The Society for Science has announced that Joseph Clary, a senior at Caddo Parish Magnet High School, among the top 300 scholars in the Regeneron Science Talent Search 2021, the nation’s oldest and most prestigious science and math competition for high school seniors. Clary and Magnet High will both receive $2,000 for the honor.
The Regeneron Science Talent Search scholars were selected from 1,760 applications received from 611 high schools across 45 states, Washington, D.C., Puerto Rico and 10 countries. Scholars were chosen based on their exceptional research skills, commitment to academics, innovative thinking and promise as scientists, and hail from 198 American and international high schools in 37 states, Puerto Rico, Chinese Taipei, and Singapore.
Clary said the application process involved years of research and planning which resulted in a more than 100-page report. The research journey began in 2019 when he designed and built a 3D clinostat using a 3D printer. The 3D clinostat allows experimenters to study the effects of simulated microgravity on cells. The project even allowed him the opportunity to give it a test run in person at the Kennedy Space Center in Florida.
Clary comes from a family with strong ties to science. His mother, Lynn Harrison, is a professor in the Department of Molecular and Cellular Physiology at LSU Health Sciences Center. He credits her as inspiration into the field. Together, they wrote a grant to LaSPACE (NASA and Board of Regents consortium) which was awarded in Fall of 2020. As a result, Clary was able to build a similar machine used at the Kennedy Space Center for a fraction of the cost, allowing more labs access to the equipment.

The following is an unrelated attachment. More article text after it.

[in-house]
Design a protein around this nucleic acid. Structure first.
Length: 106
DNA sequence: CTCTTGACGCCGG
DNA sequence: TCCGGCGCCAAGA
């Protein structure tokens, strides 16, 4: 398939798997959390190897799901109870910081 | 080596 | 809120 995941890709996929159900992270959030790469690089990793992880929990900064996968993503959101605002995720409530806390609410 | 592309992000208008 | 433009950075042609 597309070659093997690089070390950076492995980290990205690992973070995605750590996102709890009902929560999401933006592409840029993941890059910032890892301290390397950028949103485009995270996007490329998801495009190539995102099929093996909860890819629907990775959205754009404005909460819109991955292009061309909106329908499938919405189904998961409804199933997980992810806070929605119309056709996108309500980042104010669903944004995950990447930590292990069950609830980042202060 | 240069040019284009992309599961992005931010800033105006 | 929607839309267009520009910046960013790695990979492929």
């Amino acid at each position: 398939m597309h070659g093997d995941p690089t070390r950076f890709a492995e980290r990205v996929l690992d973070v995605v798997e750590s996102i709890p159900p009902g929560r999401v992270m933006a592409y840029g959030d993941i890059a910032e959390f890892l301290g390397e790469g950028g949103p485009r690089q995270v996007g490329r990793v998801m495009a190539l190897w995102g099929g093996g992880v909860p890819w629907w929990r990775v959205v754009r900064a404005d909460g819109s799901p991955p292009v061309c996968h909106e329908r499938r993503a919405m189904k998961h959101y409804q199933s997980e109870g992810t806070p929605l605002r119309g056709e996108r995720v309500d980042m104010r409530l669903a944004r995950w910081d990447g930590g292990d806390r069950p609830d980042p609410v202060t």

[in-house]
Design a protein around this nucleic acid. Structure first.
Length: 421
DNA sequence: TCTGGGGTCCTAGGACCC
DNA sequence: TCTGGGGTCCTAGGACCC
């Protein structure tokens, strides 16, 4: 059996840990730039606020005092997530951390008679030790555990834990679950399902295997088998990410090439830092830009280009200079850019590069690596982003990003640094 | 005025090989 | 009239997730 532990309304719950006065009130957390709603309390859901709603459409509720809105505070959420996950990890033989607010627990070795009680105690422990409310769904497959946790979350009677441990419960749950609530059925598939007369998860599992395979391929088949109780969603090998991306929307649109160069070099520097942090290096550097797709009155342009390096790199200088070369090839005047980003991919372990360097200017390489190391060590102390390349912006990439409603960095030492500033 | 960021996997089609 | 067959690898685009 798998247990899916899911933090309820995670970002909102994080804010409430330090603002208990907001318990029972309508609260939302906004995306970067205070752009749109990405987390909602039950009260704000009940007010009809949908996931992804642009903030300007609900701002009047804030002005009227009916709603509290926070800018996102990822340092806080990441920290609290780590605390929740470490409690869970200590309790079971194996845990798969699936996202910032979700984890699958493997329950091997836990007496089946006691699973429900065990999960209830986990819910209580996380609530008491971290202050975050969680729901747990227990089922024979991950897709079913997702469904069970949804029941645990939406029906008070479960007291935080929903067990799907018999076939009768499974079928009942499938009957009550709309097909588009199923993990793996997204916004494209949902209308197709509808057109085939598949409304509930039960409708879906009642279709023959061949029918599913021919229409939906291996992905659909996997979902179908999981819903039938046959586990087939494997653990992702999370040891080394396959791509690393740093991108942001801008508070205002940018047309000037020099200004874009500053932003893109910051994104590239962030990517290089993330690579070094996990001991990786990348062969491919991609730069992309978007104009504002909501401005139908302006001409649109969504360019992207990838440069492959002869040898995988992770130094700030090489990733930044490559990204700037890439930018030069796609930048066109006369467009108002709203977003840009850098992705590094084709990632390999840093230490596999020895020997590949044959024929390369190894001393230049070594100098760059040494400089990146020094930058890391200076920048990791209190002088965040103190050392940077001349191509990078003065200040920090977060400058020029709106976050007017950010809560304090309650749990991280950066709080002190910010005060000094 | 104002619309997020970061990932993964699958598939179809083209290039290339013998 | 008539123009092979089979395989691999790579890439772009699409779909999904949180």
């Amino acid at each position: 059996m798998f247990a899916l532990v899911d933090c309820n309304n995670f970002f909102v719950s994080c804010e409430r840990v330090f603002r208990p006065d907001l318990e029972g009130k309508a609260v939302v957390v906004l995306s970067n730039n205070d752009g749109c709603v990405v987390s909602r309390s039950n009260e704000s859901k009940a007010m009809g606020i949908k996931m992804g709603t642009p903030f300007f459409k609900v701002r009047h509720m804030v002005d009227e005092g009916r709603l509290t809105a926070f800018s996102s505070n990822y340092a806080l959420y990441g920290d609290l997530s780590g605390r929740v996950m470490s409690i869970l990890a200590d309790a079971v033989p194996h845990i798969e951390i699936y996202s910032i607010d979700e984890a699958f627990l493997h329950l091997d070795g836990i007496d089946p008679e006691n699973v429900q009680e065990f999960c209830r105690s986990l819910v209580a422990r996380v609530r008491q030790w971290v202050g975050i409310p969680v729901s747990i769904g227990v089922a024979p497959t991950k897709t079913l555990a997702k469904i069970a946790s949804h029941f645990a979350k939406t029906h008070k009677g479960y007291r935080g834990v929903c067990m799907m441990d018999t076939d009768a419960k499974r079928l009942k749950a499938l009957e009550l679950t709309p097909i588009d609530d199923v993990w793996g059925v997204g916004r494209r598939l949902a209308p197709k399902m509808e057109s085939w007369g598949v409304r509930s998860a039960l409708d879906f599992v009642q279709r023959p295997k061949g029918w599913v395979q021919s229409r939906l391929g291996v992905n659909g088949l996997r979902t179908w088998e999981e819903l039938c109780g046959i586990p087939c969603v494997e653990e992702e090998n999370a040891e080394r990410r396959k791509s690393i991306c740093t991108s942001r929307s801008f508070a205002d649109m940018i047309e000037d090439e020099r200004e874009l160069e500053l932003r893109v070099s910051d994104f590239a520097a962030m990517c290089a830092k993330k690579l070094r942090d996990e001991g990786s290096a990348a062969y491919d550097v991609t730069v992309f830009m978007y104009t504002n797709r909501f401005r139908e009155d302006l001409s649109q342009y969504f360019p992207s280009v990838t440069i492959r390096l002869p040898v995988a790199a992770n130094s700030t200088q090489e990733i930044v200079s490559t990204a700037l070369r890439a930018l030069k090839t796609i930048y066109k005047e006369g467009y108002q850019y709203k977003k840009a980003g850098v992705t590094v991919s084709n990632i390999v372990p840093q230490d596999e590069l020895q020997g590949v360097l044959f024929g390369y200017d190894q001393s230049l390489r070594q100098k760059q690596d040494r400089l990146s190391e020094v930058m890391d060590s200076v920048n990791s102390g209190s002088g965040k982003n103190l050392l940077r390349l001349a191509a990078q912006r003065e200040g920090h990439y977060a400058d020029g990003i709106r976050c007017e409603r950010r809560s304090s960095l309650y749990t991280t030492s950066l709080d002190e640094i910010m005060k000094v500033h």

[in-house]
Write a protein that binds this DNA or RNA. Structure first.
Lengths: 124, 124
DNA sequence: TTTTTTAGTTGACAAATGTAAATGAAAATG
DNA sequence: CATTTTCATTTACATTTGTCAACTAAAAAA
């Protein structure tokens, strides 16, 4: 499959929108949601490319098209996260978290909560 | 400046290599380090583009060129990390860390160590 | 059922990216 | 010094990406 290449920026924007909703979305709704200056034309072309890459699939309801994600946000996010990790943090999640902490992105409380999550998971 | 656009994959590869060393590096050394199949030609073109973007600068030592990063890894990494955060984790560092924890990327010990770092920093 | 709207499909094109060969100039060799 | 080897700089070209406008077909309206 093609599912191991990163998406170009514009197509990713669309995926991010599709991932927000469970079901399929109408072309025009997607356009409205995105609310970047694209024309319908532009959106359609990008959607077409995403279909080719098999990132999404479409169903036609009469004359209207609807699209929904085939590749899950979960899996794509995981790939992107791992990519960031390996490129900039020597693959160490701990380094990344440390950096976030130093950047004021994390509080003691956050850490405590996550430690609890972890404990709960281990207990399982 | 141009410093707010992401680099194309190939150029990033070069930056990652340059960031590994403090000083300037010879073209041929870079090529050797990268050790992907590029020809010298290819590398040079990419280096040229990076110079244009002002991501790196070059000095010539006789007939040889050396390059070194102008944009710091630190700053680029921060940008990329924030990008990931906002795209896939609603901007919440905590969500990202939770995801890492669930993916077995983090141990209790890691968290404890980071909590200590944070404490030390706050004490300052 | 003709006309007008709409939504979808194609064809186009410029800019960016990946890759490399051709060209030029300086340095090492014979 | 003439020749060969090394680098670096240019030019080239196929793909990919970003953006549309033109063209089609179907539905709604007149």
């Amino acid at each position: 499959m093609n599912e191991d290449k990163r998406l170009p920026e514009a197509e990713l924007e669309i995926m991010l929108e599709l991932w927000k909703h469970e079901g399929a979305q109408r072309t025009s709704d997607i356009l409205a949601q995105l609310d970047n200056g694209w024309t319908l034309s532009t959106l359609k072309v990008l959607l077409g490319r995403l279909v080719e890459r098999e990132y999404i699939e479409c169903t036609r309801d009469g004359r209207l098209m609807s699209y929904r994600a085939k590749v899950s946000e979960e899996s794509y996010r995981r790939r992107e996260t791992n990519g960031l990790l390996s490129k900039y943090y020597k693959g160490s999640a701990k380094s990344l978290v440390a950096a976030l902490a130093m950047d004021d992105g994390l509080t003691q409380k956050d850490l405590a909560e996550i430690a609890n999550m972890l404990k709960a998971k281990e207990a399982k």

Clary is also a perfect ACT student, National Merit Semifinalist, member of the S.M.A.R.T. club and Quiz Bowl. He dreams of becoming an engineer specializing in either aerospace or mechanics.
About the Regeneron Science Talent Search
The Regeneron Science Talent Search, a program of Society for Science since 1942, is the nation’s oldest and most prestigious science and math competition for high school seniors. Each year, nearly 2,000 student entrants submit original research in critically important scientific fields of study and are judged by leading experts in their fields. Unique among high school competitions in the U.S. and around the world, the Regeneron Science Talent Search focuses on identifying, inspiring and engaging the nation’s most promising young scientists who are creating the ideas that could solve society’s most urgent challenges.
Program alumni include recipients of the world’s most coveted science and math honors, including 13 Nobel Prizes, 11 National Medals of Science, six Breakthrough Prizes, 21 MacArthur Foundation Fellowships and two Fields Medals.